Friday, October 3, 2008

You have to be yourself.
It's really all you can ever be.

So far, I have one "follower," Zagria. She has a blog called Gender Variant Biography, so I decided to visit it.

I spent an hour or so browsing Zagria's blog, which assembles biographies of "gender variant" people from the present, as well as the recent and distant past. I congratulate Zagria for her research and highly recommend that you visit her blog. I found the biographies fascinating especially those that were new to me.

One biography, Paul Whitehaed's, brought up a topic that is near and dear to my heart, that is, coming out publicly as a crossdresser. In a nutshell, Paul is an artist and a crossdresser, who en femme is Trisha Van Cleef, who is also an artist. Paul is public about his crossdressing and sometimes Paul and Trisha exhibit their artwork together.

After reading that, I was hooked and had to find out more, so I searched the Internet and Google came up with an interview on Alice Novic's Web site Alice in Genderland.

The interview provided more fascinating reading and Paul's answer to the last question of the interview was inspiring. If you read anything, make sure you read the last answer from which the following quote originates, "You have to be yourself. It's really all you can ever be."

After reading the interview, I felt the same as I did when I read the Grayson Perry interview.

Nearly a year ago, I wrote this about Grayson Perry here, "She is my hero/heroine because she is a public personality (like me), who happens to be a crossdresser (like me) and is very out about it (unlike me)...

"I have considered coming out as a crossdresser in my writing world... sort of run it up the flagpole and see who salutes and who burns down the flagpole. It certainly would spice up my life. Maybe I'll do it soon, maybe never, but it is something to think about."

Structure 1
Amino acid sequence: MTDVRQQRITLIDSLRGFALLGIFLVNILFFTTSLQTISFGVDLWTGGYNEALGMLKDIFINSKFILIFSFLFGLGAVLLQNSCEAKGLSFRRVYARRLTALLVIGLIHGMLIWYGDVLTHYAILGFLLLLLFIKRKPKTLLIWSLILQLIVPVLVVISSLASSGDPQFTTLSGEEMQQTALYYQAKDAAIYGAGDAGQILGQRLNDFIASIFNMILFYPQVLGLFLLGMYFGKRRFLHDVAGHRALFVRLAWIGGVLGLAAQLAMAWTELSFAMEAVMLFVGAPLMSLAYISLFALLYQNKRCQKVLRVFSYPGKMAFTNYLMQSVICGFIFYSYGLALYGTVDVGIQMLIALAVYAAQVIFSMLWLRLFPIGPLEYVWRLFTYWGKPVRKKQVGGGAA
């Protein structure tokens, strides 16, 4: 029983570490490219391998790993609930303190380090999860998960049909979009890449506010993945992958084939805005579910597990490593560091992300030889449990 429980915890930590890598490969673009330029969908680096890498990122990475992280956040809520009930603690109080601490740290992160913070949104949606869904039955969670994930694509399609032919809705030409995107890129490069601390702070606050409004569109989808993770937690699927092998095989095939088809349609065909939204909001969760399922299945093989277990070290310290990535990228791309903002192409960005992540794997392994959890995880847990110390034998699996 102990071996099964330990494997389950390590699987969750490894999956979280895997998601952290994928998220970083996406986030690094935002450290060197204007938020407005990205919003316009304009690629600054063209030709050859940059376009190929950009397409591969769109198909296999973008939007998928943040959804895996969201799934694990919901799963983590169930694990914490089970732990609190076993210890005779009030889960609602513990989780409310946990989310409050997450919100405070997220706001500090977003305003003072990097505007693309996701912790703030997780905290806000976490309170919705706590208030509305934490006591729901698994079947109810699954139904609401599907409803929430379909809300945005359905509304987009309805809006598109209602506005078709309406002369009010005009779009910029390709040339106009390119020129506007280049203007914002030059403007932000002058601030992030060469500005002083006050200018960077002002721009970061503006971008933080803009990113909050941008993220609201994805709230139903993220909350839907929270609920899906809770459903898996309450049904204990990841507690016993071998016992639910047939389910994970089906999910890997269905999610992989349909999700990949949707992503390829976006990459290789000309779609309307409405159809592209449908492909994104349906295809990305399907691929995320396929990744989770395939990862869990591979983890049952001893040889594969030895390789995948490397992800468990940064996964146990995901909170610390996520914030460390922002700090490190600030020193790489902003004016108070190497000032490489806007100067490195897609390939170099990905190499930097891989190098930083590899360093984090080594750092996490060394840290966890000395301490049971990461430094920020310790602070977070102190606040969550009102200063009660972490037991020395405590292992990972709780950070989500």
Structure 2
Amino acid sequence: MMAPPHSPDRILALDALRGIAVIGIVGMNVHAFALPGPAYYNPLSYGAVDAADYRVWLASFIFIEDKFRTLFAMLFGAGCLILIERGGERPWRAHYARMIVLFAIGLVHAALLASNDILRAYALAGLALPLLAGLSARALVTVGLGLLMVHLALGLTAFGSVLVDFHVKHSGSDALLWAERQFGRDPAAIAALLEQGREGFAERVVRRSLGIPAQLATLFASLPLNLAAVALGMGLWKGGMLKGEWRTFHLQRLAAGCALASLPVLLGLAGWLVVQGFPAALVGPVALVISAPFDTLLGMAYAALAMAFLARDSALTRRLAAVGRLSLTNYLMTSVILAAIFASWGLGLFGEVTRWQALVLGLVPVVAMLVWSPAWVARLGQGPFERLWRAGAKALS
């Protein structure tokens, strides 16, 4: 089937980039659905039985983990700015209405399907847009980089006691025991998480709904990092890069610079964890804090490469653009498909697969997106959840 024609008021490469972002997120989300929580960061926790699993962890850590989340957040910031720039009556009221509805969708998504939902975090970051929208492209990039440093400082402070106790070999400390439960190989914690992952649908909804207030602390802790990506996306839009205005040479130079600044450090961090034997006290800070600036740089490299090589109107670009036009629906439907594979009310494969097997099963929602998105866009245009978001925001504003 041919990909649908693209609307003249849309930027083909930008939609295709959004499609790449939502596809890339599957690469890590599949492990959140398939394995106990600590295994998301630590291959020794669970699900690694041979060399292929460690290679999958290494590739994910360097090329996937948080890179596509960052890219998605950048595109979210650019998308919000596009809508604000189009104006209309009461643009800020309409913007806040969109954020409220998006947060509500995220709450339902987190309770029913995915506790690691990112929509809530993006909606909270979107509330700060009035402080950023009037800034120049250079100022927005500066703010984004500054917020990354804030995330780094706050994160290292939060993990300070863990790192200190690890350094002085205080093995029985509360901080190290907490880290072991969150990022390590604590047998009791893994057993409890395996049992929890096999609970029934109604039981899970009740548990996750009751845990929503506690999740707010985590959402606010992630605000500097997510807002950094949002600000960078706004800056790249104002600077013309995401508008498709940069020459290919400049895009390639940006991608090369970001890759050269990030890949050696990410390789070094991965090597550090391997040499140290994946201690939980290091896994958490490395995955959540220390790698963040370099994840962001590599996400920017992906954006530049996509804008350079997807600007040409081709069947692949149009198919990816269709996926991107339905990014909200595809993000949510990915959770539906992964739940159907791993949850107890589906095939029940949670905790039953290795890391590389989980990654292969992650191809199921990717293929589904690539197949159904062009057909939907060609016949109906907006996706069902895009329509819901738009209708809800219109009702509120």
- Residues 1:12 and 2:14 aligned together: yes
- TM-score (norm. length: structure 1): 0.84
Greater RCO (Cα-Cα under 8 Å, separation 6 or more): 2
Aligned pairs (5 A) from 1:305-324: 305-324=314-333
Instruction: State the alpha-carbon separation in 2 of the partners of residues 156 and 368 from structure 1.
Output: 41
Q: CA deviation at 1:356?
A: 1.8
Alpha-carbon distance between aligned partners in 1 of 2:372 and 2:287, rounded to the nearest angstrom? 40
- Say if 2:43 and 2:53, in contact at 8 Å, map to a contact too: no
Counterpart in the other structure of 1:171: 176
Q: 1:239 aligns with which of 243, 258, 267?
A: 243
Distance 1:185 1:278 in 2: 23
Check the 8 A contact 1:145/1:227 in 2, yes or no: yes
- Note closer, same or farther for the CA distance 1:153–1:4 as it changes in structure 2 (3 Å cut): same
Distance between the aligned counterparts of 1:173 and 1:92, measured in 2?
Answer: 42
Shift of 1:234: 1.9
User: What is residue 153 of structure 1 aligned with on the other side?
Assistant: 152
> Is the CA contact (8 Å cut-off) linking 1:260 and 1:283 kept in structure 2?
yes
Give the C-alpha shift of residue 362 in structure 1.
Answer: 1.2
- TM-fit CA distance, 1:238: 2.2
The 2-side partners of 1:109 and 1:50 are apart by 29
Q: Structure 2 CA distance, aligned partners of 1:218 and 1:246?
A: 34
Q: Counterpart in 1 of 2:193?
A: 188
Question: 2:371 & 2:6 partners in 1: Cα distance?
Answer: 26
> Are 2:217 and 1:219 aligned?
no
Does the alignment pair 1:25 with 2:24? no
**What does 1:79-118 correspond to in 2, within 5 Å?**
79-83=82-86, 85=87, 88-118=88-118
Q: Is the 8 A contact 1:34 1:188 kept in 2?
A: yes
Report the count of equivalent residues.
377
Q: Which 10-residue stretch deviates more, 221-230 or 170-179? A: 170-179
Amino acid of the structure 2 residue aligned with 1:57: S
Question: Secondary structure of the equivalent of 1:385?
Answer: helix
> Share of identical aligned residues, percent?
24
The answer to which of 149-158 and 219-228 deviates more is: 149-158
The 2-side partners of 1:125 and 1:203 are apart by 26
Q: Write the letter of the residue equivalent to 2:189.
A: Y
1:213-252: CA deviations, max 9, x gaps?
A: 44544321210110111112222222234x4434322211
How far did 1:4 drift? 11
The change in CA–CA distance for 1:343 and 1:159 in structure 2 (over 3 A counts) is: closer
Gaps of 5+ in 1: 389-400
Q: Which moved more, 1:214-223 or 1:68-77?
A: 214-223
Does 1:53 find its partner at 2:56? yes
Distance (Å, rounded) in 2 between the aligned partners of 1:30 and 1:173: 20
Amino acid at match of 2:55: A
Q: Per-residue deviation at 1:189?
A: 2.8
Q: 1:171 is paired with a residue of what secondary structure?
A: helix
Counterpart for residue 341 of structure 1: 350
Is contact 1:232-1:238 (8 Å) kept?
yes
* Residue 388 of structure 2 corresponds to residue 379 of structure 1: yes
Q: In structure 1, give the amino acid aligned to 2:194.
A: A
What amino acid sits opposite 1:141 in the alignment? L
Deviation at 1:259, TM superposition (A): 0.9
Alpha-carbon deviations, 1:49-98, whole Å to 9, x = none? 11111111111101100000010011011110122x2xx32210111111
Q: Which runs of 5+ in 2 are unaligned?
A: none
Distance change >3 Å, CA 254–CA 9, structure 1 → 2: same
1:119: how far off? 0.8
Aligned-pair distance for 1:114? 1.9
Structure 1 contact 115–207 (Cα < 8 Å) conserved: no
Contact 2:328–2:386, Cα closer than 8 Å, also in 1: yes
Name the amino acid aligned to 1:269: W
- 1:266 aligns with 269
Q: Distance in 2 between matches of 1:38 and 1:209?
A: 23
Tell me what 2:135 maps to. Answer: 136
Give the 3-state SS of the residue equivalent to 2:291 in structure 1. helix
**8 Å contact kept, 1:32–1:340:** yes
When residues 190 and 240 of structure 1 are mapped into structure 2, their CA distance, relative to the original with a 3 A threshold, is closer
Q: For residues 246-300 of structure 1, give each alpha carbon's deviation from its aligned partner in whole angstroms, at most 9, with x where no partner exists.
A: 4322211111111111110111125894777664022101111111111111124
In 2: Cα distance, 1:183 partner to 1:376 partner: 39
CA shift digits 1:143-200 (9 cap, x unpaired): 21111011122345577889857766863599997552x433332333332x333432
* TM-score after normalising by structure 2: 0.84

And I do think about it a lot.

Many of my friends, relatives, and co-workers know (or suspect) that I am a crossdresser, so my official public outing would not surprise them. So what do I have to lose?

Probably not much, but, on the other hand, what would I gain? Most, if not all of the gains would be personally motivated, so would my selfish gains be worth the losses, no matter how few they may be?

I dunno.

With a week 24/7 en femme at Fantasia Fair looming on the horizon, I wonder if that experience might push me over the brink.

I'll find out.


  1. Staci:

    I think about this a lot too. Of course, I have a young son and wife to worry about, but they both would support me in coming out.

    But I do not look at coming out as a personally motivated or self-interested undertaking. And I will be so bold as to suggest you might want to try and think about it this way too.

    You are a very nice person. You would be a great public example of how a crossdresser is not a pervert or a criminal. You would represent us all in a very positive way and could do a lot for the cause of crossdressers everywhere. Now, whether it is worth to make the personal sacrifice and lose some "friends" being "militant" and advancing our cause - well, that is a whole other story.

    More of us need to come out and show the world we are nothing to be afraid of.

    your faithful reader,


  2. Michelia --- Thank you for your excellent comment and the food for thought.

  3. Staci
    This is Scales. This is where I am in going through your blog. I hope this posts back to you

  4. Scales -- It worked!